The commission has a provision in the code of conduct to allow the promotion of election campaigns only from the candidates of political parties and parties’ official social media accounts. But due to the massive use of social media like Facebook, TikTok and Twitter, it is impossible for the commission for examining every social media account, if the code of conduct has been followed or not.

Thus, the commission has now made arrangements where one can promote any party on social media but without any offence to the rival parties. These incidents and arrangements have shown the ineffectiveness of the provisions in the code of conduct.

Advocate Santosh Sigdel says the commission’s code of conduct is cannot be implemented. He says most of what is on it is impossible to follow, which gives candidates and others space to break them.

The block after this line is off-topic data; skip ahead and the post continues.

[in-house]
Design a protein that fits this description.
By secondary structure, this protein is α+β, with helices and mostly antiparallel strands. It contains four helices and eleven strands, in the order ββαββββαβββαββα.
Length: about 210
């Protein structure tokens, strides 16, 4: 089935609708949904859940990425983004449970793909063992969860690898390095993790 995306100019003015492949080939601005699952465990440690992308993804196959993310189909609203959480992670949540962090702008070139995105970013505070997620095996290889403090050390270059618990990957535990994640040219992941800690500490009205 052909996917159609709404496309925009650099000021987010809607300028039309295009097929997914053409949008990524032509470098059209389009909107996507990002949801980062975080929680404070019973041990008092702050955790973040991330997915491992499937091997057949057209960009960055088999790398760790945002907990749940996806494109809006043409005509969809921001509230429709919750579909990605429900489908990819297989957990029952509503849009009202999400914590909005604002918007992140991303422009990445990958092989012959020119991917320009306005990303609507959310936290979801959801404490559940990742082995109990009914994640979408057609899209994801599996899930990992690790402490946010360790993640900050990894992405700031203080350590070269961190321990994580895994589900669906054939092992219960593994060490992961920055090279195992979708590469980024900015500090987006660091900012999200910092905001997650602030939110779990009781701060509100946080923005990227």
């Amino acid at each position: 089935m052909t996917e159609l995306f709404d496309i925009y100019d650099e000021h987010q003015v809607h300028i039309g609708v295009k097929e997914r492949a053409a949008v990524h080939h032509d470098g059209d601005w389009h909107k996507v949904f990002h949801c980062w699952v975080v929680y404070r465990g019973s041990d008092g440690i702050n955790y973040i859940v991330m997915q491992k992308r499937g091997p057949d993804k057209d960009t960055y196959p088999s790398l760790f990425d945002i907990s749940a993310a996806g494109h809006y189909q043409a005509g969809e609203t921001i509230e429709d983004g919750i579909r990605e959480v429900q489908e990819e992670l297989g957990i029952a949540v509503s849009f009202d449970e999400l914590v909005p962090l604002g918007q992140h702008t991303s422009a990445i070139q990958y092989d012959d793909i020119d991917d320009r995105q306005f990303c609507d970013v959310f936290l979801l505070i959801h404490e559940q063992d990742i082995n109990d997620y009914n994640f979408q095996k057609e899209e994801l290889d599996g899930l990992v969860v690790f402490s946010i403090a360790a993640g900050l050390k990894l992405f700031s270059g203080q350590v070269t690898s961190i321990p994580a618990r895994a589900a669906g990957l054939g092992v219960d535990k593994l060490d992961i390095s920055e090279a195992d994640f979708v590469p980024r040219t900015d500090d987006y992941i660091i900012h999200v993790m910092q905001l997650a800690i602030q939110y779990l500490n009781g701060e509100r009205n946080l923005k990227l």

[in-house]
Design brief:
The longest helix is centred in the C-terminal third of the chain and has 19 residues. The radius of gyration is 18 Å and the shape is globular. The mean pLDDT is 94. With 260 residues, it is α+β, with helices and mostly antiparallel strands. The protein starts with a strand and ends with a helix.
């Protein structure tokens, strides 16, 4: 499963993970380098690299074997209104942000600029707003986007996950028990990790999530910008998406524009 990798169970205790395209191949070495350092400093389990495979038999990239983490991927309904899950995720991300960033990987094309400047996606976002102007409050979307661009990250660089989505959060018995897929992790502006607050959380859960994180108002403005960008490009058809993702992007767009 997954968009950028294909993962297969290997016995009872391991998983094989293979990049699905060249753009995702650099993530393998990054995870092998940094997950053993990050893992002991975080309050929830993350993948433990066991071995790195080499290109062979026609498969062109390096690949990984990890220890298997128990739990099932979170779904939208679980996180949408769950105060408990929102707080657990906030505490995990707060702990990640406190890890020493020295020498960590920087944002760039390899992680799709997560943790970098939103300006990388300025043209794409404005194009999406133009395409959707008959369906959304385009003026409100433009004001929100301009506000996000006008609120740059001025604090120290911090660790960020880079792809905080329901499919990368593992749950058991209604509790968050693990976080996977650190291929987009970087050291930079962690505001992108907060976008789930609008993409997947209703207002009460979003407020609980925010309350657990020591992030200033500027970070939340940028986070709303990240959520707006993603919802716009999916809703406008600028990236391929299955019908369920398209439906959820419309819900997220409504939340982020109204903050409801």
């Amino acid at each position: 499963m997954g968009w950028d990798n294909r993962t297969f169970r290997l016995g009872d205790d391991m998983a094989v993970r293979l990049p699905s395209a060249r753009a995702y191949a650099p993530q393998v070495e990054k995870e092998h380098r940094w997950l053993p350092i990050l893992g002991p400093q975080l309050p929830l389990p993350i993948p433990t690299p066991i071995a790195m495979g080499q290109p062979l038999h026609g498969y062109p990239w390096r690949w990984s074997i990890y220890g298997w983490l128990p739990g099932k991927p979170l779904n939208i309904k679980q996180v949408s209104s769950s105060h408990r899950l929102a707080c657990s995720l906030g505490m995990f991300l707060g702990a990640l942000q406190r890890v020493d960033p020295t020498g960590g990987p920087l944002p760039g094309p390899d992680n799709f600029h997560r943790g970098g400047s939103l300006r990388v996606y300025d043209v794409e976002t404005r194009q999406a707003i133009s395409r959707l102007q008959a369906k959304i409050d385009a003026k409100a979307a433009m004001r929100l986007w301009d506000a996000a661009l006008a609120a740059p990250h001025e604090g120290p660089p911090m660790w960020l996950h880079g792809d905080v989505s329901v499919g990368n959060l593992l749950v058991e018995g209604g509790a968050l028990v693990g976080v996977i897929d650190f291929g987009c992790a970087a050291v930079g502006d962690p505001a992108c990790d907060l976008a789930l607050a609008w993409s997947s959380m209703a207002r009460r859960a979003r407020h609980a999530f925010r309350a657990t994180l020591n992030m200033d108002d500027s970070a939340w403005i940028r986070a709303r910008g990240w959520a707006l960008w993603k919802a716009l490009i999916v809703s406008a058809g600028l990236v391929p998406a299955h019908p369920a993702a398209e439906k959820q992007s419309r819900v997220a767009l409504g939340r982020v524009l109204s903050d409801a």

Chapter 3 of the code of conduct clearly states officials working in the central and provincial governments cannot promote candidates or parties. But, that has not been the case as Basudev Ghimire, the mayor of Tilotamma municipality, stated he was a political cadre and took part in the election campaign in his locality. He even said he was ready to face any questions by the Election Commission. The commission did ask for clarification. But, no action was taken against him.

Former chief election commissioner Nil Kantha Upreti says it was high time the commission made people like Ghimire take back their statements because it was wrong.

“Fifteen years ago, a candidate wasn’t allowed to fly to Andhra Pradesh. This is how strict we need to be,” says Upreti.

Breach from the biggies

But in Nepal, the commission itself gave permission to Deuba to take part in the event hosted by the coalition in Chitwan and asked people to vote for Renu Dahal.